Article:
"Yeah… I guess I am." I was thoroughly uncomfortable. Several pairs of colorful eyes were locked on me.

The only time I had ever seen this many Nokki together was at mealtimes and morning assembly. Heck, for all I knew, the entire population of Stellapolis was here.

This, coupled with the fact that they were dead silent, made me more anxious. I began to hyperventilate – had I done something wrong?

Then, unanimously, the Nokki surrounding us erupted into cheers.

"Sakaya!" Svese cried, hugging me. "I thought you'd never come back!"

Before I could respond, a figure made his way through the crowd. They parted readily for him, and I realized that he was an Elder.

When he was close enough that I could see his face, I realized, with a jolt of shock, that I knew him.


Sokio Wiston had been the laughingstock of our school. The poor boy had been found with his head stuck in the trash zappers multiple times. Everyone believed him to being extraordinarily clumsy. Svese and I, however, suspected that Allon was the one stuffing Sokio's head down the trash zappers.

But now, Sokio was an Elder. (He was only an Eighteen!) And the other Nokki treated him respectfully. It made my heart swell with happiness to see that one of Allon's victims had risen to the top.

"Sakaya Kikaira," he said, smiling warmly. "Welcome home."

"Thank you, Elder Sokio."

"We are indebted to you. At great personal sacrifice, you saved the citizens of Stellapolis from starving to death."

I could feel my face heating up. "Uh, really, it was –"

Before I could finish that sentence, Sokio did something that completely astounded me.

He bowed.

I was shocked. Here was an Elder, a member of the most driving political force in Stellapolis. And he was bowing to me. Me.

The other Nokki quickly followed his example. Even Zanatos bowed.

Now I felt more flustered than ever. I wasn't the hero my race clearly believed me to be. True, I had loathed Allon for starving the residents of Stellapolis. But the reason I'd eliminated him wasn't to save the Nokki. Okay, it kind of was. But the main reason, the driving force behind me risking my life and passing out for a year, was to save Zanatos.

Yet here they were, giving me the star treatment. I didn't deserve it.

"Um, um…" I had no idea what to say next.

Thankfully, they all straightened up at that moment.

Sokio dropped a small object into my hand. When I looked at it, a lump formed in my throat.

It was the keys to my residence center. The one I'd inhabited with Aunt Kiara until the horrible night Allon seized the city.

"Welcome home, Sakaya Kikaira!" Sokio said again. He raised his voice so that the crowd could hear it.

And they cheered again.

Just when I thought I might melt through the cloud with embarrassment, the warriors of Stellapolis quickly broke up the mass. "Move along, people! Nothing to see here."

Sokio followed after them, leaving me standing on the transport cloud with Zanatos.

"C'mon." I stepped over to the next cloud, beckoning for Zanatos to follow.

The walk to the residence centers was long.

I should have been happy. Here I was, back in my beloved home. I was completely safe from humans trying to kill me. And Zanatos was here with me, making him safe, too.

But the other Nokki were looking at me as if I was some sort of god. Which I wasn't. True, I had elemental powers, but that didn't make me invulnerable. I was still completely suspect to other Nokki abilities – including Allon's stupid mind control.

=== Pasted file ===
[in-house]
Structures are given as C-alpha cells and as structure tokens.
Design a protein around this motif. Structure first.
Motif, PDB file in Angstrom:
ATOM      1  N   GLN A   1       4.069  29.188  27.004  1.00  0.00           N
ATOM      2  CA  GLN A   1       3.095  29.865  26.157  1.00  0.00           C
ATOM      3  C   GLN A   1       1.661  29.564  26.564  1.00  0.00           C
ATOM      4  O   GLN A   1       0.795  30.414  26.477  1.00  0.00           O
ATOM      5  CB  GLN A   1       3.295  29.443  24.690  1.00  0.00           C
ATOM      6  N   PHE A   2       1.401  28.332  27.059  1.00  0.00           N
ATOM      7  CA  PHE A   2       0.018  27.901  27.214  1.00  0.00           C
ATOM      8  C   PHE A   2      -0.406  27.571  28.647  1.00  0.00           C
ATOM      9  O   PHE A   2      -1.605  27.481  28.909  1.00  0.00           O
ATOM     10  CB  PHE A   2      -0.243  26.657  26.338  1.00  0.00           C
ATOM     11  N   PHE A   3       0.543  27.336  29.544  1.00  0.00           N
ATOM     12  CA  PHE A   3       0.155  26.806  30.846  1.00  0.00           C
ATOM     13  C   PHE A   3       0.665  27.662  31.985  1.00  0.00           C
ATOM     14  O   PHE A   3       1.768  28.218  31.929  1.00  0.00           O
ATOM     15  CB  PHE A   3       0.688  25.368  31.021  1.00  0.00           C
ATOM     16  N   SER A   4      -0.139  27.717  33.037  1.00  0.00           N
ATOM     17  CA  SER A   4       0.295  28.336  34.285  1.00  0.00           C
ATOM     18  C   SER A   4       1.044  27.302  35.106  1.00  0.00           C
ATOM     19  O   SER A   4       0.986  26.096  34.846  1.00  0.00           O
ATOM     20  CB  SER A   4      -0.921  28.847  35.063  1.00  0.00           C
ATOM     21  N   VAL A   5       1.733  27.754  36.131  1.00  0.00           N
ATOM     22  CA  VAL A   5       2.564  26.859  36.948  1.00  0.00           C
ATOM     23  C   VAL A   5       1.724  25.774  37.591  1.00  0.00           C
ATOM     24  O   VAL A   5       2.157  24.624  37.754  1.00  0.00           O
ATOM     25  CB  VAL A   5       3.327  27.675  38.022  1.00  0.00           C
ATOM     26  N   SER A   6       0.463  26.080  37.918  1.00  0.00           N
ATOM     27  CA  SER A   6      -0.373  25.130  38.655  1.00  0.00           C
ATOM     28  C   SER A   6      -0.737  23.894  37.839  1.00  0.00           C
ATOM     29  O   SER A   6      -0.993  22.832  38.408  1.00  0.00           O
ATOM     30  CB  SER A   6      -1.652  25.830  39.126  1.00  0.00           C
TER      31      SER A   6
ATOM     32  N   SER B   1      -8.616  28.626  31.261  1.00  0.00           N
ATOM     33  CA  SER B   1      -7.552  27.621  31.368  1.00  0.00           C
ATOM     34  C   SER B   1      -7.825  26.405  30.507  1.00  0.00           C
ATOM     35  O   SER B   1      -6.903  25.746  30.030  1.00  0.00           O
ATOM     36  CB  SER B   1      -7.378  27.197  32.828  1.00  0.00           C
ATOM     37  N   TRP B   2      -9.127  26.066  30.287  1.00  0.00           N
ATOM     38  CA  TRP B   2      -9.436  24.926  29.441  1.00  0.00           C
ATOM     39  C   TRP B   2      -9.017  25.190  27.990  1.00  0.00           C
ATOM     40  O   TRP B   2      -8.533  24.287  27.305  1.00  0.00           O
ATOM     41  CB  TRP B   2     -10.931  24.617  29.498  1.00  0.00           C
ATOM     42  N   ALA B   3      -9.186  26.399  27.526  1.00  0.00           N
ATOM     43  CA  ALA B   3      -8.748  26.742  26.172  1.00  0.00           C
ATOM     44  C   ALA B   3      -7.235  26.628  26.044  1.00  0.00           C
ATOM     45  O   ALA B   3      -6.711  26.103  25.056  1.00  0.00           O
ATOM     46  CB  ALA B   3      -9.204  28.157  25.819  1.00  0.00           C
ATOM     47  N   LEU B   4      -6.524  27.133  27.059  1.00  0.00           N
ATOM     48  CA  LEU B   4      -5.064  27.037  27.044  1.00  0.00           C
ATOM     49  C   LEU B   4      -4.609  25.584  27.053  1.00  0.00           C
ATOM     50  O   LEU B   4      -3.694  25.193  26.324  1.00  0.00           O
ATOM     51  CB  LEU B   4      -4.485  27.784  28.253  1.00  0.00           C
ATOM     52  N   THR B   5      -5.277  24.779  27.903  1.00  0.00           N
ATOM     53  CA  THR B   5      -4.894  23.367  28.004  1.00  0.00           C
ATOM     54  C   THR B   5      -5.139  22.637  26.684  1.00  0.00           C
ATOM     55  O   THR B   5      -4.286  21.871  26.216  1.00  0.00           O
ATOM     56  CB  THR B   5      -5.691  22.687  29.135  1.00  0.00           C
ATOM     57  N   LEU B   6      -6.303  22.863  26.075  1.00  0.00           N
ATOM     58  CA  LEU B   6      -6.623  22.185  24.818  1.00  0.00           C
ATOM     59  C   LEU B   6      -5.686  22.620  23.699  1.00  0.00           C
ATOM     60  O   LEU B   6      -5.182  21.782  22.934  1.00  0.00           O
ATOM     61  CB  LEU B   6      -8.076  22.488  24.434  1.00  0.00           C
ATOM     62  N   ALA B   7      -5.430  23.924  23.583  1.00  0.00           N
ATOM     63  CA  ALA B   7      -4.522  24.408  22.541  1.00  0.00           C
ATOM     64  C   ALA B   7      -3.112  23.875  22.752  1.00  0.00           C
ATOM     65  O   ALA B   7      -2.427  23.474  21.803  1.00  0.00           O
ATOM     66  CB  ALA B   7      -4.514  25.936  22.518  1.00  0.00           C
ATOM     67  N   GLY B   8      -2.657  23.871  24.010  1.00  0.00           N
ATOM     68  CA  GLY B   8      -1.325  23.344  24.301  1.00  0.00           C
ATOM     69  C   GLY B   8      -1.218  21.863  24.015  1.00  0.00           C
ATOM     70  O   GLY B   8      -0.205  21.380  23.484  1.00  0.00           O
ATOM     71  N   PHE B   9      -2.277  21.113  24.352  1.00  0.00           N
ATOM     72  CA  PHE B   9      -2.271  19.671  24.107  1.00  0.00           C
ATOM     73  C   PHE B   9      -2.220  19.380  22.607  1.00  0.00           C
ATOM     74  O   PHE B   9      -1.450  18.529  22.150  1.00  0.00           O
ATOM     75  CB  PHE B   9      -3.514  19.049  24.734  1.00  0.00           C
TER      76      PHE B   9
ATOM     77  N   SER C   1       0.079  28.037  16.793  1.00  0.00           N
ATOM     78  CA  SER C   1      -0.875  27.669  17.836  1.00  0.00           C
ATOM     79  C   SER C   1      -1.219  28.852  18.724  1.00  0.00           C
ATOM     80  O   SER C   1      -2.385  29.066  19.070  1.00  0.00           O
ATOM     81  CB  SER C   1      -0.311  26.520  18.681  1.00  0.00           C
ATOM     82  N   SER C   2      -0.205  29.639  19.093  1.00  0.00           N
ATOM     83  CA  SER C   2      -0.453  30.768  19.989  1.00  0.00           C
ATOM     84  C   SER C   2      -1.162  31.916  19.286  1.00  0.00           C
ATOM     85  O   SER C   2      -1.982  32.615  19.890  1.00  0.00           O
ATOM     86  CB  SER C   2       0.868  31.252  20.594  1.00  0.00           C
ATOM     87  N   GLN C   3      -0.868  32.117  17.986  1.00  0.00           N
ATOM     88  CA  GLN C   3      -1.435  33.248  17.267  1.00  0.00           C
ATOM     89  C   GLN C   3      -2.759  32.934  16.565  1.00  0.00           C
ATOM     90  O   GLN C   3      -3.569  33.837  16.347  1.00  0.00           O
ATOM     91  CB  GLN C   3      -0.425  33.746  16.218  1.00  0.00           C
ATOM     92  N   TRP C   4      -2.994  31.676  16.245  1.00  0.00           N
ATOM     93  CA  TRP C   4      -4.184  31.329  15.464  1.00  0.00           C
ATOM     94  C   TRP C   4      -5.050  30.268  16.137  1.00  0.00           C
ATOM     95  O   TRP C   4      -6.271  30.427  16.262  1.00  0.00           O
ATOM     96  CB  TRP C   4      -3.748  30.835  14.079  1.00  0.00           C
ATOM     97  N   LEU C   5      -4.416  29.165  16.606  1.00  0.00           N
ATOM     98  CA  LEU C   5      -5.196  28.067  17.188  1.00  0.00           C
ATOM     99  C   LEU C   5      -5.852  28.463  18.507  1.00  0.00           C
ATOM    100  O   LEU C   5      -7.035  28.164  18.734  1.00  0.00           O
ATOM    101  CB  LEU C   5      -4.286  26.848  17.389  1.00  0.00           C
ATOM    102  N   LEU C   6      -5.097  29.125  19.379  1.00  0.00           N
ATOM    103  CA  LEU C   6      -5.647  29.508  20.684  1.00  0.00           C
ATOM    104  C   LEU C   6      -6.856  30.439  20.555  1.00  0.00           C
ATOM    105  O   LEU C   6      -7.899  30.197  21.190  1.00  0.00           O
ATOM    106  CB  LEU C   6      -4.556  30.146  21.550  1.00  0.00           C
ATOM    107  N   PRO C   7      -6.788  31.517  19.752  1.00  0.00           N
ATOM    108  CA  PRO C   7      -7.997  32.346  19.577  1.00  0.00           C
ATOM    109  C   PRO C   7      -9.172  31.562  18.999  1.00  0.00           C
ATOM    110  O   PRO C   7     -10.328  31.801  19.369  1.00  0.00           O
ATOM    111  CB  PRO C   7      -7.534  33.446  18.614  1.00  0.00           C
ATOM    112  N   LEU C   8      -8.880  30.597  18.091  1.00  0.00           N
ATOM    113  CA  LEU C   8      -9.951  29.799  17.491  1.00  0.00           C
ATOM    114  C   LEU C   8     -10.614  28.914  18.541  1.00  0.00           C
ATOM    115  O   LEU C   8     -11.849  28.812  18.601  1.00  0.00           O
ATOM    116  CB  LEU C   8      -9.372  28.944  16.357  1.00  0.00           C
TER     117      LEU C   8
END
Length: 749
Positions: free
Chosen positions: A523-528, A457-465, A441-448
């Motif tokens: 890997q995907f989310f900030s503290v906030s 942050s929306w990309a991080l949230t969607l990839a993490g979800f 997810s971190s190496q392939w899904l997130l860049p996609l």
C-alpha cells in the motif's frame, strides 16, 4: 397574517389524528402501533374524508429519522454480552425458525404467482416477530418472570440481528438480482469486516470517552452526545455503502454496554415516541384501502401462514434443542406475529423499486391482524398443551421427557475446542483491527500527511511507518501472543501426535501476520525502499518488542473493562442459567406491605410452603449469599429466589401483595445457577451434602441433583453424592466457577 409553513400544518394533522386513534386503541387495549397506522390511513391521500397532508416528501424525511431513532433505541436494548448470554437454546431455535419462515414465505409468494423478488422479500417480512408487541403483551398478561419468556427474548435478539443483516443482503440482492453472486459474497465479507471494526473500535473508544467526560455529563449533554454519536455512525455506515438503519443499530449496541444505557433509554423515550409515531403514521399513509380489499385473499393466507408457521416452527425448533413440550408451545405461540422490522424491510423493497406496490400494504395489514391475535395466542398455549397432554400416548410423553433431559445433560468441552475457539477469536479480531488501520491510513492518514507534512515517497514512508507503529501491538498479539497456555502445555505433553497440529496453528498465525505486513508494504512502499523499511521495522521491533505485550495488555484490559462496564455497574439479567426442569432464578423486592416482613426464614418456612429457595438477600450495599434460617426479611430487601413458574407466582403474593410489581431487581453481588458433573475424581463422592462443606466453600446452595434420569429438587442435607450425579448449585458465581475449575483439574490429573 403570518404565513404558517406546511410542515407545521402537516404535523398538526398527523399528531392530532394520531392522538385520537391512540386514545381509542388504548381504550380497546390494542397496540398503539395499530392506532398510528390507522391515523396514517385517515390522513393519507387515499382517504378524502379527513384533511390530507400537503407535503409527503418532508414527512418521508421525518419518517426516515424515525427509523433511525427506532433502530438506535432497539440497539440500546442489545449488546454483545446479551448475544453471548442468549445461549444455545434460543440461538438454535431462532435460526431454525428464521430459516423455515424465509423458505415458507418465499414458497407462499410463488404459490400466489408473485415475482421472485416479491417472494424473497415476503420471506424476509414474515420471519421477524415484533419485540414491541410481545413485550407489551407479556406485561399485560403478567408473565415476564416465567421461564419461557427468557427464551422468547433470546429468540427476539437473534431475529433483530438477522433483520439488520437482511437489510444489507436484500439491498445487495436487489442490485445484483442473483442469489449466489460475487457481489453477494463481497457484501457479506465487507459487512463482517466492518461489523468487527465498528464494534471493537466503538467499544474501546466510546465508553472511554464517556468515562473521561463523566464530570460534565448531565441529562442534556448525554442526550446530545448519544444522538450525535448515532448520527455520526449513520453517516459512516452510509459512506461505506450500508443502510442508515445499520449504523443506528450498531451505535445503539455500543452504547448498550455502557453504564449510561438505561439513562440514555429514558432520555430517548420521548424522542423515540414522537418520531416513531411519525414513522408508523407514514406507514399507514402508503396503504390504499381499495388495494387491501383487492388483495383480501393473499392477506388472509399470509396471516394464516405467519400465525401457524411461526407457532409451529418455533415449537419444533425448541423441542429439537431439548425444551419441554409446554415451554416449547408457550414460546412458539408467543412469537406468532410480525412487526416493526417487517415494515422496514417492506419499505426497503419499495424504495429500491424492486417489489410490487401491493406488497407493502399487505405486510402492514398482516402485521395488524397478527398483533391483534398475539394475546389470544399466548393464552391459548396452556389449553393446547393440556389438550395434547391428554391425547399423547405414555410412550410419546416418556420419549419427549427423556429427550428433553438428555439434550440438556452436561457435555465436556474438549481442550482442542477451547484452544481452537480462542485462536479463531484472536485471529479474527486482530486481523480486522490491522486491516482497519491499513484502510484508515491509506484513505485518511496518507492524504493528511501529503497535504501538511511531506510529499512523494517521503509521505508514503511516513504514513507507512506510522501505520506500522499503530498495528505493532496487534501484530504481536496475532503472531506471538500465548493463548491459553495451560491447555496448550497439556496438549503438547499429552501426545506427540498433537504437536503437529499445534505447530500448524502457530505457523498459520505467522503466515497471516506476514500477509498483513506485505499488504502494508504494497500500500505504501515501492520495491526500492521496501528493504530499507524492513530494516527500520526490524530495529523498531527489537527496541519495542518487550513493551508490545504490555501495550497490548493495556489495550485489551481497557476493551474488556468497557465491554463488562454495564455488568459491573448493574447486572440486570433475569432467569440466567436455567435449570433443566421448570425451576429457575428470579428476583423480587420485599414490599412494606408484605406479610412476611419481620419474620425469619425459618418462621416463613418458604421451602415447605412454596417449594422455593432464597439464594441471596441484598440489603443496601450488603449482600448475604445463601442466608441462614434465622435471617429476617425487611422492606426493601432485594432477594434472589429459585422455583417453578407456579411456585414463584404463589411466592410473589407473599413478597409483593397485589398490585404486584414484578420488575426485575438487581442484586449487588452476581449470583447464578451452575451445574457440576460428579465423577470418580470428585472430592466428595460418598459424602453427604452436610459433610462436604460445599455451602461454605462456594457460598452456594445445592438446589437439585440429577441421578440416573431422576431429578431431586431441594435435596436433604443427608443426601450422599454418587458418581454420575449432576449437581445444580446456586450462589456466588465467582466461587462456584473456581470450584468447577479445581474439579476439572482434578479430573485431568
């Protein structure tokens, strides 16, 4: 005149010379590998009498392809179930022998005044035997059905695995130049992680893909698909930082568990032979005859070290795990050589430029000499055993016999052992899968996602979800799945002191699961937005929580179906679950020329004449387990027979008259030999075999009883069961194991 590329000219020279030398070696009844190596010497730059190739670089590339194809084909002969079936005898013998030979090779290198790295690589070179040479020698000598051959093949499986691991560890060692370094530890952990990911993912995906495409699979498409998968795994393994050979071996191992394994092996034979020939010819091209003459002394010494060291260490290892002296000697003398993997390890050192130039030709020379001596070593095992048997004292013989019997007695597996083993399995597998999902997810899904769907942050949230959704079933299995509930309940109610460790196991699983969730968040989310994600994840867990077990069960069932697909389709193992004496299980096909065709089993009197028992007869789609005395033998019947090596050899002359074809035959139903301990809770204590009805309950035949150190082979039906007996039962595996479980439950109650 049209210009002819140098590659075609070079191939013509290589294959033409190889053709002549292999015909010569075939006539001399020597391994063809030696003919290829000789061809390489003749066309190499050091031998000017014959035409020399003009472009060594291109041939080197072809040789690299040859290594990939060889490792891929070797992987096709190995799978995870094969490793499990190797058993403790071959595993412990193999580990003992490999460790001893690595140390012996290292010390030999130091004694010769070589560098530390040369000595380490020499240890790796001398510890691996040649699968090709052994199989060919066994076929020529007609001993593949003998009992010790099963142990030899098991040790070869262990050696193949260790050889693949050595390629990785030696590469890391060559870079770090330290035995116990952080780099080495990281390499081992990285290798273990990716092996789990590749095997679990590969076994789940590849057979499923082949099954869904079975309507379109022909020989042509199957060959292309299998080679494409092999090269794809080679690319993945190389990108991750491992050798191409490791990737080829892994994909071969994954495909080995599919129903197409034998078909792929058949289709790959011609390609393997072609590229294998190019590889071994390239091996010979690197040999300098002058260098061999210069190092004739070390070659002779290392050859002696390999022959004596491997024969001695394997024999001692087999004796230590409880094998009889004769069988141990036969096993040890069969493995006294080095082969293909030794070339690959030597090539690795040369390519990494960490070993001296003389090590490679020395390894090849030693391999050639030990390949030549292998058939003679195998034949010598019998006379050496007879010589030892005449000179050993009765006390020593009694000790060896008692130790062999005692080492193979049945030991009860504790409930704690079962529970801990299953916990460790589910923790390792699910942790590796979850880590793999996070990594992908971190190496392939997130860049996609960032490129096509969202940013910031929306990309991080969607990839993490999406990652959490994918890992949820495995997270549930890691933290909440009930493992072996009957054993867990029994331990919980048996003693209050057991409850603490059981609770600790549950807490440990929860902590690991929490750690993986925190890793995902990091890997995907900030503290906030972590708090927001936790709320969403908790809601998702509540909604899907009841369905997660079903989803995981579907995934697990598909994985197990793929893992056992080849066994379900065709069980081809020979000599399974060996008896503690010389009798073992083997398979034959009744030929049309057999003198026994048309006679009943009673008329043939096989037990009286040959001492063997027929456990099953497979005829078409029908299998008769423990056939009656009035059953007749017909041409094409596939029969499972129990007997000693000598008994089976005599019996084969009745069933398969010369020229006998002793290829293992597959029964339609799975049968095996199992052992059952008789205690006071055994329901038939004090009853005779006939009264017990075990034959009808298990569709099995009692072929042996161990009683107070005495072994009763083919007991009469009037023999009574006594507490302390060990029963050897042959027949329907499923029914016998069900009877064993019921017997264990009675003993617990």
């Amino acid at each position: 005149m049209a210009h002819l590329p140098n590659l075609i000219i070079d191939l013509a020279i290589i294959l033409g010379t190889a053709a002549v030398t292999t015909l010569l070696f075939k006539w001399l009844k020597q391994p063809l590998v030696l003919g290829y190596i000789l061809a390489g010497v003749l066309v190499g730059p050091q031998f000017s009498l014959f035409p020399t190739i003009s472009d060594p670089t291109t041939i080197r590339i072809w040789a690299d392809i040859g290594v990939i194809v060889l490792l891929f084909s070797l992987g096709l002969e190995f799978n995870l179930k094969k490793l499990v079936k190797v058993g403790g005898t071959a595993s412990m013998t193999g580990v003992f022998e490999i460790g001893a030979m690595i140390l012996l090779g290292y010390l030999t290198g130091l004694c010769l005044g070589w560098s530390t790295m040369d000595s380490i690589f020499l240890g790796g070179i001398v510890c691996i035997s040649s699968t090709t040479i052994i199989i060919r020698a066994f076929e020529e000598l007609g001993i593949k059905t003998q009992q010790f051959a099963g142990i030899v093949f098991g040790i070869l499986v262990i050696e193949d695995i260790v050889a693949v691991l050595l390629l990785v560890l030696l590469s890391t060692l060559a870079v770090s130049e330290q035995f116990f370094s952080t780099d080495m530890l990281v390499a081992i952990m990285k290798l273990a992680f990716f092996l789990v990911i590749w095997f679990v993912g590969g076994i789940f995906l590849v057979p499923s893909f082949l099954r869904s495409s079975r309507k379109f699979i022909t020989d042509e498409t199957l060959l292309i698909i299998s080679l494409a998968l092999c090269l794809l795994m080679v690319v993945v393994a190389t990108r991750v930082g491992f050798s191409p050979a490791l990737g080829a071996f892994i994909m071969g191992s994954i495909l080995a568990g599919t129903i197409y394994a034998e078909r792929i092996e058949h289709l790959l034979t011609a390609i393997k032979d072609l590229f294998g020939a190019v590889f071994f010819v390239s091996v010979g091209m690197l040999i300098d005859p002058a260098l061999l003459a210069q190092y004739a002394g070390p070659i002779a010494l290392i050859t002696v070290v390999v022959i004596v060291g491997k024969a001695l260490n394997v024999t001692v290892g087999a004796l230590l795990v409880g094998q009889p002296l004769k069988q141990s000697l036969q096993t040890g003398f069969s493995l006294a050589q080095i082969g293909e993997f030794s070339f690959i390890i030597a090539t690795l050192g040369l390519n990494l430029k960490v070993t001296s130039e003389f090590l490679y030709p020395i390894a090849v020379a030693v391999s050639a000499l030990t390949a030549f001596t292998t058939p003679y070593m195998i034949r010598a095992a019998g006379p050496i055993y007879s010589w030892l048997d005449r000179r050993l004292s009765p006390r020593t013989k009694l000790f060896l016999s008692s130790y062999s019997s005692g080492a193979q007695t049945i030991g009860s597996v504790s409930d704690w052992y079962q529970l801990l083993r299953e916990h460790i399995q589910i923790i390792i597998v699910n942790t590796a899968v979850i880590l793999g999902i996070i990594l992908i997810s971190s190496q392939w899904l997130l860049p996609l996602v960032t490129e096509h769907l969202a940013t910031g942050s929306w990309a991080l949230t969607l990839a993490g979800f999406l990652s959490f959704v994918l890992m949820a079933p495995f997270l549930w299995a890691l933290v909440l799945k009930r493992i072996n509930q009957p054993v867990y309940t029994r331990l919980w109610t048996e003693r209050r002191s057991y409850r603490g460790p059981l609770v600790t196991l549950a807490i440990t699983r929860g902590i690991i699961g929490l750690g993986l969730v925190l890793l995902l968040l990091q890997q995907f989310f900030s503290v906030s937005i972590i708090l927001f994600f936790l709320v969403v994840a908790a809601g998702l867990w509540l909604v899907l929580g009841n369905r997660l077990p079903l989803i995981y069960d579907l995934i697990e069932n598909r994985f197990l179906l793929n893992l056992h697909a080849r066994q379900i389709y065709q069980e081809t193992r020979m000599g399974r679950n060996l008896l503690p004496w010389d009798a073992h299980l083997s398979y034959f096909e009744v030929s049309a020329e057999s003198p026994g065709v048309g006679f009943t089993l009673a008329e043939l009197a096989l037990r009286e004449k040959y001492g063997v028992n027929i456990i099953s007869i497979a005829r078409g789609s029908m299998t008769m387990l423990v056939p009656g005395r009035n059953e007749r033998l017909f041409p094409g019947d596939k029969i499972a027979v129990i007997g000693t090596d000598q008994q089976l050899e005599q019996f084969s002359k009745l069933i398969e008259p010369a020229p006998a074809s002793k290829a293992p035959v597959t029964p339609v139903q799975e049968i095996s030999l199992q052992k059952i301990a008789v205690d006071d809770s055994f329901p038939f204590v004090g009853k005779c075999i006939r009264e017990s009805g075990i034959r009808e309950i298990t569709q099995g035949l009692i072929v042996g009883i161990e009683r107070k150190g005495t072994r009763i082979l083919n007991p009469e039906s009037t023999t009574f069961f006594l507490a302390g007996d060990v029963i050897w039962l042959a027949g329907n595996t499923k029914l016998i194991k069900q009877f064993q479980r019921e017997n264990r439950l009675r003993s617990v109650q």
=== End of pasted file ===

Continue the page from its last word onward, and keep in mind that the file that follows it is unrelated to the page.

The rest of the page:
And what about Kairu? The whole reason I had come back was to find a clue as to his whereabouts.

Finally, Zanatos broke the silence. "Sakaya, what's wrong? You look upset."

He knew me all too well.

"I'm fine. It's just the…the way they treated me. Like I was some kind of hero. I'm not a hero, Zanatos."

Zanatos was quiet for half a second.

Then he reached over and took my hand.

"Yes," he said with certainty. "Yes, you are."

"Of course you'd say that," I protested. "You're my boyfr –" I paused. Was Zanatos my boyfriend?

Our connection was much, much deeper than the word boyfriend could go. We had fought together, eaten together, laughed together. I had given him my blood to save his life. And when he thought I was dying, he had held me and cried.

So boyfriend and girlfriend were constraining words in our complex relationship. We were something much, much deeper.

Zanatos didn't notice my reverie. "Sakaya, it doesn't matter what your motives were, whether you intended to save me or the entire Nokki race. The point is that you did it. You were willing to give up everything to save them. To save me."

I was solemn for a minute, and we once again slipped into silence.

Finally, I said, "Zanatos, if every human was like you, we wouldn't be in hiding from them. You are the most amazing person ever."

Zanatos snorted. "Right," he said sarcastically. "I'm amazing. After I let some sicko carve an insult in your arm. After I let Crakyow drag you into Stellapolis, lock you up, and slap you. After I got the crap beat out of me by him and almost killed you when you healed my injuries. And after I got pinned down by guards, forcing you to practically kill yourself to save me."

"Zanatos, that's not… Wait a minute. How did you know Allon slapped me?" I hadn't told Zanatos. I hadn't told anyone, because I was embarrassed that I had let Allon do that to me.

Zanatos' expression turned dark. "When I came to rescue you… there was a bruise covering your entire cheek. That bastard hurt you, and I wasn't there to stop him. Another one of my many epic failures."